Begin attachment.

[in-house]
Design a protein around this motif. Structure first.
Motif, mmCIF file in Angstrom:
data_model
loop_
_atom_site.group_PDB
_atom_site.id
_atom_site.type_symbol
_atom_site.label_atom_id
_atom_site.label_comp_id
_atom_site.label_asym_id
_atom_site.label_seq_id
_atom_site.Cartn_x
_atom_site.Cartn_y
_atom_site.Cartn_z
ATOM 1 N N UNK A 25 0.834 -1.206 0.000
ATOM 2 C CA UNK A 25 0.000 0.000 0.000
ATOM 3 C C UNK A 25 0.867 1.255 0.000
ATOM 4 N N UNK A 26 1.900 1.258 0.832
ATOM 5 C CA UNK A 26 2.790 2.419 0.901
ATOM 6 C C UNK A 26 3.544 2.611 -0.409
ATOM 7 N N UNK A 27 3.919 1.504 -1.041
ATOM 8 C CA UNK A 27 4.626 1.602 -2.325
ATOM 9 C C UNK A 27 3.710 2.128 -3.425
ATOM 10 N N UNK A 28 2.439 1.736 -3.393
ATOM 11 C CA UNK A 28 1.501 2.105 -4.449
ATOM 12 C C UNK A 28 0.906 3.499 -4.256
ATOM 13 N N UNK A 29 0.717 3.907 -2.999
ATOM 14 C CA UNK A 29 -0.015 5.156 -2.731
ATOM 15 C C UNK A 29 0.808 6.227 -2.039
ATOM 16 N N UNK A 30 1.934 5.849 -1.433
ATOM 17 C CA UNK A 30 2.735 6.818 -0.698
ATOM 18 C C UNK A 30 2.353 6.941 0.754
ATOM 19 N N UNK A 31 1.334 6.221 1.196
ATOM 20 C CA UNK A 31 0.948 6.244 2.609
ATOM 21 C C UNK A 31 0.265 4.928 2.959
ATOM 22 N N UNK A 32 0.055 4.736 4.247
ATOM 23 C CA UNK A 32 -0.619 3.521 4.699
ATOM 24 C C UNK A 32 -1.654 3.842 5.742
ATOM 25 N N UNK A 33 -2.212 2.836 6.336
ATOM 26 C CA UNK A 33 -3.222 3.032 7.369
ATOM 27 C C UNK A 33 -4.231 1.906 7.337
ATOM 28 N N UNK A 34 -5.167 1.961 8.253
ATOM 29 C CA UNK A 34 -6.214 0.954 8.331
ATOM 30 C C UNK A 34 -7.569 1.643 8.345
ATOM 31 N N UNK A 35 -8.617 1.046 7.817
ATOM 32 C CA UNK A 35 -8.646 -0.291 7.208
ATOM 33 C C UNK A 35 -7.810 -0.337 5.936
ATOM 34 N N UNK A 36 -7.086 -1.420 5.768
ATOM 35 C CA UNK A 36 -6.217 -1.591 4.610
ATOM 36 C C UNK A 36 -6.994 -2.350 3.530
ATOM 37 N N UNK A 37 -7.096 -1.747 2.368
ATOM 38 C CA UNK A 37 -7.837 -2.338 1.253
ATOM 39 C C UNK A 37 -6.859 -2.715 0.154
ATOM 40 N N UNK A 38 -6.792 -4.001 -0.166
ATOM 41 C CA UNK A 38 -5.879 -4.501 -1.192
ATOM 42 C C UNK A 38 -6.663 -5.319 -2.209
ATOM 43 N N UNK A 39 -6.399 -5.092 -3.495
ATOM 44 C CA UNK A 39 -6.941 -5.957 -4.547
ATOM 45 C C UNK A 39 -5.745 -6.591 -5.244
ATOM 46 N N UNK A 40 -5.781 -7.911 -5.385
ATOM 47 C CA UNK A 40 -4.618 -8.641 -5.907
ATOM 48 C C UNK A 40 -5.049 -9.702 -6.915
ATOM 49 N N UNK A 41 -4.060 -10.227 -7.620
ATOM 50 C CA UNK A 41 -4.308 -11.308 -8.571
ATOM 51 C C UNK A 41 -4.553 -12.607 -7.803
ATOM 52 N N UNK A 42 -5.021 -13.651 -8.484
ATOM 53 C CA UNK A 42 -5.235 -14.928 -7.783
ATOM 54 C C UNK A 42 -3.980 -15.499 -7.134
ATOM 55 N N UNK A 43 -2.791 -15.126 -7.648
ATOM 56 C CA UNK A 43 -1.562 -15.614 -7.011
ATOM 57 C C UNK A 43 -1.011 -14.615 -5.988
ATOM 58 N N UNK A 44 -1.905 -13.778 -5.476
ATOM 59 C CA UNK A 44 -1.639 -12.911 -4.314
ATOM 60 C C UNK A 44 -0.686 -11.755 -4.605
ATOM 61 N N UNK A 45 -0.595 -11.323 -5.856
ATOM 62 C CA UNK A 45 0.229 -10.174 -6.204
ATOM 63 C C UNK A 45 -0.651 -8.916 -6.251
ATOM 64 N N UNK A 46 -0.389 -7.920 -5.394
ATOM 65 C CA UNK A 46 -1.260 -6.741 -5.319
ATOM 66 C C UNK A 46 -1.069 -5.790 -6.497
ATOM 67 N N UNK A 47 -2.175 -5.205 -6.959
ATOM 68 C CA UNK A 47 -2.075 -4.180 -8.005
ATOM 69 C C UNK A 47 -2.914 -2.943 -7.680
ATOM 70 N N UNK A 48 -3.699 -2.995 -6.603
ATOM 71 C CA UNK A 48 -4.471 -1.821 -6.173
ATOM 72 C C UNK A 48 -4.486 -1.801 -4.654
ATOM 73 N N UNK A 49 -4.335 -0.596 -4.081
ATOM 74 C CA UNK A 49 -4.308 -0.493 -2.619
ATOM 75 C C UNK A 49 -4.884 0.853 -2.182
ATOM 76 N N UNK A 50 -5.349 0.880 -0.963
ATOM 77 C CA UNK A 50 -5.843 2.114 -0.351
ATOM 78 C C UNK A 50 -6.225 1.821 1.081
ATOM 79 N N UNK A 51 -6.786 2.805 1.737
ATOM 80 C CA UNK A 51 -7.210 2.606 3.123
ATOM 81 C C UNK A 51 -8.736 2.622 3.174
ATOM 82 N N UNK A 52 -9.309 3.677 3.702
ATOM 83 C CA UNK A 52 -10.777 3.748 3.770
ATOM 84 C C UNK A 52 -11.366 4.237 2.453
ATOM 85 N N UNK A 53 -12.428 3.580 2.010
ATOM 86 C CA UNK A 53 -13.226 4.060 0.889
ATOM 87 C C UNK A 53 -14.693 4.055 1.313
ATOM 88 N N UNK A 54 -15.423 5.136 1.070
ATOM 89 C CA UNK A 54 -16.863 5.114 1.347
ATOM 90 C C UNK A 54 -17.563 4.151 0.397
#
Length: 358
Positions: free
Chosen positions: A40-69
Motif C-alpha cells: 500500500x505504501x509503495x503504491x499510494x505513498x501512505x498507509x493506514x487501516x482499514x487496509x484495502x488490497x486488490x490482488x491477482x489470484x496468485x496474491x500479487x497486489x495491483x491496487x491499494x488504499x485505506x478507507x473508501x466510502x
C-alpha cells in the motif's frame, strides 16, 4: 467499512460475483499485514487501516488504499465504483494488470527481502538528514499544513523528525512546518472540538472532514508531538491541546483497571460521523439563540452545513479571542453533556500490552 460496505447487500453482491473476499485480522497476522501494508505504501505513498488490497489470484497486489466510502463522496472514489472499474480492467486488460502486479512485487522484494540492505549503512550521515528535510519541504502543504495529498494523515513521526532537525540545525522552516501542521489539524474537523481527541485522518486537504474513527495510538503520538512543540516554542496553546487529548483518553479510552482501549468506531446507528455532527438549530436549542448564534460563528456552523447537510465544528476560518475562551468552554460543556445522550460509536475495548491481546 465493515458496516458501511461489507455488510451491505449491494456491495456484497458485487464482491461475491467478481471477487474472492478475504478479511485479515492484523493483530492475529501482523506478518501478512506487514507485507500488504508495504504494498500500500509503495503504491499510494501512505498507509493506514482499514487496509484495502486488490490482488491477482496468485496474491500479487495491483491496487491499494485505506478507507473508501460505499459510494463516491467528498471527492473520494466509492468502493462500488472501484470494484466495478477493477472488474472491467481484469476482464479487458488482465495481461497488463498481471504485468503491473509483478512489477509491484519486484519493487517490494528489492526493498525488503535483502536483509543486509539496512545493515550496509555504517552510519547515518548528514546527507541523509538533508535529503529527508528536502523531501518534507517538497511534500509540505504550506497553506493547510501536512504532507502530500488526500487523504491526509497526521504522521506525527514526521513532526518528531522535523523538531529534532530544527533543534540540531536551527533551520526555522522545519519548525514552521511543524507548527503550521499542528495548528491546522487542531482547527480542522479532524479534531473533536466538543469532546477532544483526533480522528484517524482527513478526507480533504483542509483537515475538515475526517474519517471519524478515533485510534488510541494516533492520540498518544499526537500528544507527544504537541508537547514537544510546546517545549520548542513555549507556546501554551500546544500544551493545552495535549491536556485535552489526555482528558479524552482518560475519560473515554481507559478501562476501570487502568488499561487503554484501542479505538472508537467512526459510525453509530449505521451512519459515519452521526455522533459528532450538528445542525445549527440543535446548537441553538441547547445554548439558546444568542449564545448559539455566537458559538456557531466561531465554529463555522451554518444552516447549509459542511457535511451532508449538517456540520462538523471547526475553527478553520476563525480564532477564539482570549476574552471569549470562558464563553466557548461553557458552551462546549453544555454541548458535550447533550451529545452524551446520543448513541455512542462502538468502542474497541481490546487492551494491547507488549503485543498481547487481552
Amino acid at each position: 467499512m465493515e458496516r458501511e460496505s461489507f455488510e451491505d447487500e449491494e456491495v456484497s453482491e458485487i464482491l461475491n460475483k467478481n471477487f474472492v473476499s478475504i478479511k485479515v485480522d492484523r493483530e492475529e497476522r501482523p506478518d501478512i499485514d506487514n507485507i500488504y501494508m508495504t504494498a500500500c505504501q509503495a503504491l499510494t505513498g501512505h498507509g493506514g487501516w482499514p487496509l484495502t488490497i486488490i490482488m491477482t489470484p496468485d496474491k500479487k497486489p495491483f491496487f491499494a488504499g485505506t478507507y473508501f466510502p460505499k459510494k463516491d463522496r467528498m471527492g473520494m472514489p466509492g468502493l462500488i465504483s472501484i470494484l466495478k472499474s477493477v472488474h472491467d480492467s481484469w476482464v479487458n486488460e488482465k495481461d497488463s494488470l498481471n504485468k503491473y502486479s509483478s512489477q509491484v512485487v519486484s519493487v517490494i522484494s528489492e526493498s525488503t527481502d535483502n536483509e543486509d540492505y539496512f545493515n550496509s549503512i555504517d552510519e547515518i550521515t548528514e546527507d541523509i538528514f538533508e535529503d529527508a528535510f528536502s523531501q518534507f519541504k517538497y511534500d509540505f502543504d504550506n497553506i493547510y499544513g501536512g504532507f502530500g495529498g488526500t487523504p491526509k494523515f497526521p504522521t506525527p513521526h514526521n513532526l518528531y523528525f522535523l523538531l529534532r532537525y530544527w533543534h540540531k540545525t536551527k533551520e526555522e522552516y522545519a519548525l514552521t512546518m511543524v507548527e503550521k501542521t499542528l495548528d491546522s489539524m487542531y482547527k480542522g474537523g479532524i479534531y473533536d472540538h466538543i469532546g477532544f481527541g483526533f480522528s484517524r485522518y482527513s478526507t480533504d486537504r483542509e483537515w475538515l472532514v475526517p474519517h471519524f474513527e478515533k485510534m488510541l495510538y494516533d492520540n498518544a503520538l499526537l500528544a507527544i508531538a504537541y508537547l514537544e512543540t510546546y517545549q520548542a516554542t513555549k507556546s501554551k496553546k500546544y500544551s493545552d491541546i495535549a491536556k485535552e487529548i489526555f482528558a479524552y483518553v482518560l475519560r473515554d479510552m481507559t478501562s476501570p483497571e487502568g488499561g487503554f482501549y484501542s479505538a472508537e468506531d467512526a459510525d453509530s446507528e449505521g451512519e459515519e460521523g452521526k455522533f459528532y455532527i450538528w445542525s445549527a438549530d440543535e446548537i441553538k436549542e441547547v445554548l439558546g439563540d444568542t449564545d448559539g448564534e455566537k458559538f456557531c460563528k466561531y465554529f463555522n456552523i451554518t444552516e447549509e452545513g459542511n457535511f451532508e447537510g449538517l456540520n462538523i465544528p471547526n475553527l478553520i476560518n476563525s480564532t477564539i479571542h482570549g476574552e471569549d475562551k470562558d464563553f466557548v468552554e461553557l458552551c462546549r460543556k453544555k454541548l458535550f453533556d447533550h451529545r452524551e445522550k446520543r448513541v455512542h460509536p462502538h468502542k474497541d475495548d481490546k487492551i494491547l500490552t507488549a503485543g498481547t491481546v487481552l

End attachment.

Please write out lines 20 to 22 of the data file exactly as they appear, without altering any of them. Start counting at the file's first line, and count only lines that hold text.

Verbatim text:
ATOM 5 C CA UNK A 26 2.790 2.419 0.901
ATOM 6 C C UNK A 26 3.544 2.611 -0.409
ATOM 7 N N UNK A 27 3.919 1.504 -1.041